There are few things in the world that I like more than cherries. I can sit and eat them by the hundreds!
This surely relates back to fond childhood memories. We had five sour cherry trees at the home where I grew up. They annually came into season almost exactly at the time school ended in June. So for a boy, it just didn’t get any better than summer break, summer weather, and summer cherries (and climbing trees to pick them) – all at the same time.
However, there was one other cherry tree in the yard. It was closer to the house and much taller than the other five trees. I don’t actually know what variety of cherry tree it was, and that is because I don’t actually remember ever eating anything from it! The cherries seemed to always be either too green, rotten, or worm infested before you could ever harvest anything from what appeared to be a beautiful tree. My father eventually wearied of it and cut the dumb thing down to the ground.
In our brief three-verse passage today from Luke 6:43-45, Jesus teaches…“No good tree bears bad fruit, nor does a bad tree bear good fruit. Each tree is recognized by its own fruit. People do not pick figs from thorn bushes, or grapes from briers. A good man brings good things out of the good stored up in his heart, and an evil man brings evil things out of the evil stored up in his heart. For the mouth speaks what the heart is full of.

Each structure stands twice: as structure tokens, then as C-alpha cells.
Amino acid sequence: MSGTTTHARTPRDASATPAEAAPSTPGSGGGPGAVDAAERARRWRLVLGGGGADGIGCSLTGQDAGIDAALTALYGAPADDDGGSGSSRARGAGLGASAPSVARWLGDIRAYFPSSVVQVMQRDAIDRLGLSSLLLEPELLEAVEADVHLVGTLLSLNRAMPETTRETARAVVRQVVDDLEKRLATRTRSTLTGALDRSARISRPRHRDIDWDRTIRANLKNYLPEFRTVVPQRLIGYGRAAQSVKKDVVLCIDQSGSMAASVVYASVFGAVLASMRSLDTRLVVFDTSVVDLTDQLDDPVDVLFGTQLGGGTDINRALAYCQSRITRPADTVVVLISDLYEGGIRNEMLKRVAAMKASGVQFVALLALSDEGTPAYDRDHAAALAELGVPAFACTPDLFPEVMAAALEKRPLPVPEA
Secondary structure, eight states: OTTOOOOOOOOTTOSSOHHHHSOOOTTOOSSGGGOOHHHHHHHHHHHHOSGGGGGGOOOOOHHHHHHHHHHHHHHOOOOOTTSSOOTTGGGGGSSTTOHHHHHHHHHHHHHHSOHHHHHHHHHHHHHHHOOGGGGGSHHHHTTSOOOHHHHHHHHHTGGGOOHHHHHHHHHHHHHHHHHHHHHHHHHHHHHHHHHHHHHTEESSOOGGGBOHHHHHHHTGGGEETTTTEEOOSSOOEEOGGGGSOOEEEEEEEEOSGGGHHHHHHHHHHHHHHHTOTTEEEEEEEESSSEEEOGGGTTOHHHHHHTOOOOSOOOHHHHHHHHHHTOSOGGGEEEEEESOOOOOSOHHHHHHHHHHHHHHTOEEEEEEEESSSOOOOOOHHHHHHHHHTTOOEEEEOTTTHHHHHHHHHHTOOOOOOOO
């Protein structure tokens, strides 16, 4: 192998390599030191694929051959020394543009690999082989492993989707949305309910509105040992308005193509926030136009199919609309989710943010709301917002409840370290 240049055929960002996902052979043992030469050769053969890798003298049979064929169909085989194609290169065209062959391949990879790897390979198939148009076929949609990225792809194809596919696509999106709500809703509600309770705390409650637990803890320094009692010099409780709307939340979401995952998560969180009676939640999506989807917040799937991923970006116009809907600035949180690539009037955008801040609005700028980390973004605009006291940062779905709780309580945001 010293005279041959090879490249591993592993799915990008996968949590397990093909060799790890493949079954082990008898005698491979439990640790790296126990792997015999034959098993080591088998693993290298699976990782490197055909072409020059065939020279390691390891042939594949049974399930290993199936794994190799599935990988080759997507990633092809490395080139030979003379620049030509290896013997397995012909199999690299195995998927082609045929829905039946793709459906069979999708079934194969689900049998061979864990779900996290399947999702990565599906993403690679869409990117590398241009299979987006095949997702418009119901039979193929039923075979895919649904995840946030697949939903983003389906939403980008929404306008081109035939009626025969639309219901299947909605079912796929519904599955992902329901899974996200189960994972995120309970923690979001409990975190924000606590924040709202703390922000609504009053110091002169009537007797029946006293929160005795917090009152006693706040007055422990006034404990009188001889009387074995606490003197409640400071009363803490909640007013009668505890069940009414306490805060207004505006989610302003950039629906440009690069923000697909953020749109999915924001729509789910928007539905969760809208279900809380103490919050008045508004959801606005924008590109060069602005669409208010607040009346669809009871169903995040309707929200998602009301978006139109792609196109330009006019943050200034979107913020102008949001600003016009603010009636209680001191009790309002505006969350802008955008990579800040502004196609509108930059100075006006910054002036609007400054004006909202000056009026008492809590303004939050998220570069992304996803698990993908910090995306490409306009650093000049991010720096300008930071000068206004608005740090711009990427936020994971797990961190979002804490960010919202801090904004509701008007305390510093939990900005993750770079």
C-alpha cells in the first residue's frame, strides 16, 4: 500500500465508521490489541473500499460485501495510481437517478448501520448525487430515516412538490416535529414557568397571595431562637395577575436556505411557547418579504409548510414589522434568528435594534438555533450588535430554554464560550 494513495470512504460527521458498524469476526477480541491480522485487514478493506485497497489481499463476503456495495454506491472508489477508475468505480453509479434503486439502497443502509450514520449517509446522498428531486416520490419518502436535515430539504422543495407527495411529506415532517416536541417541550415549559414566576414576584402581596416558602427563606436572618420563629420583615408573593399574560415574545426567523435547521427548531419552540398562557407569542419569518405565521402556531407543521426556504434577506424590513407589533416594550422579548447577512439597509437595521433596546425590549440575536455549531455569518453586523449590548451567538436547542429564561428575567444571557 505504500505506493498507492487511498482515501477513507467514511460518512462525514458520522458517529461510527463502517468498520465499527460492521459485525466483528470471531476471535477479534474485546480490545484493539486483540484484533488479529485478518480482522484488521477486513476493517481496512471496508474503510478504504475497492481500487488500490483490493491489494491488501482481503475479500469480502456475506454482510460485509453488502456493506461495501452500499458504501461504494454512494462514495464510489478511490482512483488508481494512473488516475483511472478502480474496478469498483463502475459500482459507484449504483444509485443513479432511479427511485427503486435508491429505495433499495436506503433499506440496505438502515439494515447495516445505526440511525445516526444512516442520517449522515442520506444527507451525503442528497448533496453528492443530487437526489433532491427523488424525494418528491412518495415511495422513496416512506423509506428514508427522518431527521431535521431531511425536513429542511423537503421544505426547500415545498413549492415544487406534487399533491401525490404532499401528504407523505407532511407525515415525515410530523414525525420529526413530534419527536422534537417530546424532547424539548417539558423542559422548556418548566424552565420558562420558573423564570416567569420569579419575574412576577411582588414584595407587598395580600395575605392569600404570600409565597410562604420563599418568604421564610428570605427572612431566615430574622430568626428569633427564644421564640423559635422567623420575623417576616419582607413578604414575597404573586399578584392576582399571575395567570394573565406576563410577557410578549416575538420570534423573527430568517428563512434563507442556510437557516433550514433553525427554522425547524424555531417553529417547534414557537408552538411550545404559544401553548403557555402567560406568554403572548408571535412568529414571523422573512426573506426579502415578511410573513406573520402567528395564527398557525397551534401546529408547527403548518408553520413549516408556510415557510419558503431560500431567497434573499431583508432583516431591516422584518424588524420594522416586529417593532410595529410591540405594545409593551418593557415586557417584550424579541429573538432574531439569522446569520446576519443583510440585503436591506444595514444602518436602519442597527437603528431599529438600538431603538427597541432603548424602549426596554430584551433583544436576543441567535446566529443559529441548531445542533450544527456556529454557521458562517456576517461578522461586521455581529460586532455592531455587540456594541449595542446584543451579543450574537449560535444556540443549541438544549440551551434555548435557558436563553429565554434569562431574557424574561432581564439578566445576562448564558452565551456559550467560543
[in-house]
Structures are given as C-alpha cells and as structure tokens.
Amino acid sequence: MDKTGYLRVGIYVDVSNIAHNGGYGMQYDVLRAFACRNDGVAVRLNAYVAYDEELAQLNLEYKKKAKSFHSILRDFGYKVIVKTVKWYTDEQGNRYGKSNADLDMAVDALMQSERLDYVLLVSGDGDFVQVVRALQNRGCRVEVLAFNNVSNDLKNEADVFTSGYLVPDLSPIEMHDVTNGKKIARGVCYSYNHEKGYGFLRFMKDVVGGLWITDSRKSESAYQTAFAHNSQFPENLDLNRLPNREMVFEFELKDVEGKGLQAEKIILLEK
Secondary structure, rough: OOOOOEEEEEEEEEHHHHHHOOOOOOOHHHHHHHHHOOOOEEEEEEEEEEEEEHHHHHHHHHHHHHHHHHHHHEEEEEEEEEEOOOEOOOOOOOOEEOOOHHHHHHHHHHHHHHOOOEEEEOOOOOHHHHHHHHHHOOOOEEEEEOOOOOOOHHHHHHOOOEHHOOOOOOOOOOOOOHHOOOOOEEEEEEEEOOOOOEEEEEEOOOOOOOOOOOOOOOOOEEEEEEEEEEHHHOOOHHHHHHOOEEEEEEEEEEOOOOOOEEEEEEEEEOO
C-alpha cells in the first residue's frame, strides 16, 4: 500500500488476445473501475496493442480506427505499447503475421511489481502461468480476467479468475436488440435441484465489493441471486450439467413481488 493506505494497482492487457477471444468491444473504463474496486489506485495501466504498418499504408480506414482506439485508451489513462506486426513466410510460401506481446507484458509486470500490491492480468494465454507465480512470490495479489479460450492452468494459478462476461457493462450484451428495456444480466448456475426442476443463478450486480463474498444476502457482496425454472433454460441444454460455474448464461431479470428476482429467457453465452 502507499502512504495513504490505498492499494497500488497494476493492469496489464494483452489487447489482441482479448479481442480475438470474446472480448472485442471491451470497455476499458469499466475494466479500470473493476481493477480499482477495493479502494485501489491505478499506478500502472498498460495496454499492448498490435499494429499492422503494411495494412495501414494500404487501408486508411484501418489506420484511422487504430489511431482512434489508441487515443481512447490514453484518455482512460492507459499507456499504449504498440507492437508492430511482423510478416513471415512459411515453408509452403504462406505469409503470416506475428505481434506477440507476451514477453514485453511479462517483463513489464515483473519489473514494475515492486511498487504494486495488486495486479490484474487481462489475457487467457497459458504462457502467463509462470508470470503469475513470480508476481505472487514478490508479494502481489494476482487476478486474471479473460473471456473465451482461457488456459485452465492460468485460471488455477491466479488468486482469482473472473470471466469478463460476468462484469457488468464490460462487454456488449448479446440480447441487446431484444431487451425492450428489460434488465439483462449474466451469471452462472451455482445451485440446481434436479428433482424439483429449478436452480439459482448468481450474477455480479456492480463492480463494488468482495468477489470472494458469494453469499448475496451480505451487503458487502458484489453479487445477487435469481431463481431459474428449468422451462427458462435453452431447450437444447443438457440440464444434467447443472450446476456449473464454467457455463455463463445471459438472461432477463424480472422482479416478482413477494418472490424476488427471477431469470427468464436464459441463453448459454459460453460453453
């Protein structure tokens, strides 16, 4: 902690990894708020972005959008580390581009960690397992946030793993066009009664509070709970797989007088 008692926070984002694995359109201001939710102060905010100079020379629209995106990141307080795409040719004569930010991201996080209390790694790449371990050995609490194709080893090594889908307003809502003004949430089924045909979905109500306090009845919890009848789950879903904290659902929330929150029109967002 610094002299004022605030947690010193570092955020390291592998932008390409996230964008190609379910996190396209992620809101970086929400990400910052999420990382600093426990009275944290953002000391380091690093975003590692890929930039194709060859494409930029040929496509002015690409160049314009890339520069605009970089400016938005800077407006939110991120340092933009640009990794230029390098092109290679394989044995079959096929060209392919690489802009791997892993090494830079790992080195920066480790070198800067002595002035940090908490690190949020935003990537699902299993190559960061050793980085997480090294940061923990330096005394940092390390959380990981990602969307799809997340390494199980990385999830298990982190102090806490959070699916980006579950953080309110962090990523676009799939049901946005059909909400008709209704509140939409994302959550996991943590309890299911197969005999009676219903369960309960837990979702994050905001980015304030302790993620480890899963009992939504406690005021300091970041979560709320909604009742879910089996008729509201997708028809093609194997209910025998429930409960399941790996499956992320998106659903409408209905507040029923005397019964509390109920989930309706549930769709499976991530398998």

The basic teaching here is not complicated to understand: the nature of the product tends to reveal the nature of the source. In the context of speech, words have a strong connection toward revealing the nature of the heart within a person.
Here is a time where the old KJV Bible gets it better than some modern translations. Where it speaks here in this NIV translation about the good or evil that is “stored up,” the original Greek word literally means a “treasure.” The definition of the word says that this is “the place in which good and precious things are collected and laid up – like a casket, coffer, or other receptacle, in which valuables are kept.” Wow, what a picture!
People make judgments about what someone says (or tweets!), and there is strong basis for tying words to speculating about the inner condition of a person. On the day that I write this, I was sad to see where a couple of folks who were formerly associated with TSF dropped the F-bomb in social media communication. I’m not sure how to see that other than to think the person is either very mentally dense about how that looks or that the condition of their heart and faith is darker than I ever imagined. You get the point.
But it is not just extreme or marginal conversation that we’re thinking about here. What is it that you find yourself talking about the most with other people? What topics do you find yourself bringing up and desirous of communicating? Man, that really does reveal the nature of the values systems of our hearts, doesn’t it?
Perhaps a valuable and functional question to ask ourselves is if what we want to talk about with others is endowed much by interest in that which has eternal value or merit. Or is it honestly just about stuff that is mundane and merely the fancies of a passing world? Or God forbid it is the nasty fruit of residual evil.
Words matter. They paint pictures.
And then there is grumbling. Paul reminds us…
14 Do everything without grumbling or arguing,
15 so that you may become blameless and pure, “children of God without fault in a warped and crooked generation.” Then you will shine among them like stars in the sky
16 as you hold firmly to the word of life. (Phil. 2:14-16 NIV)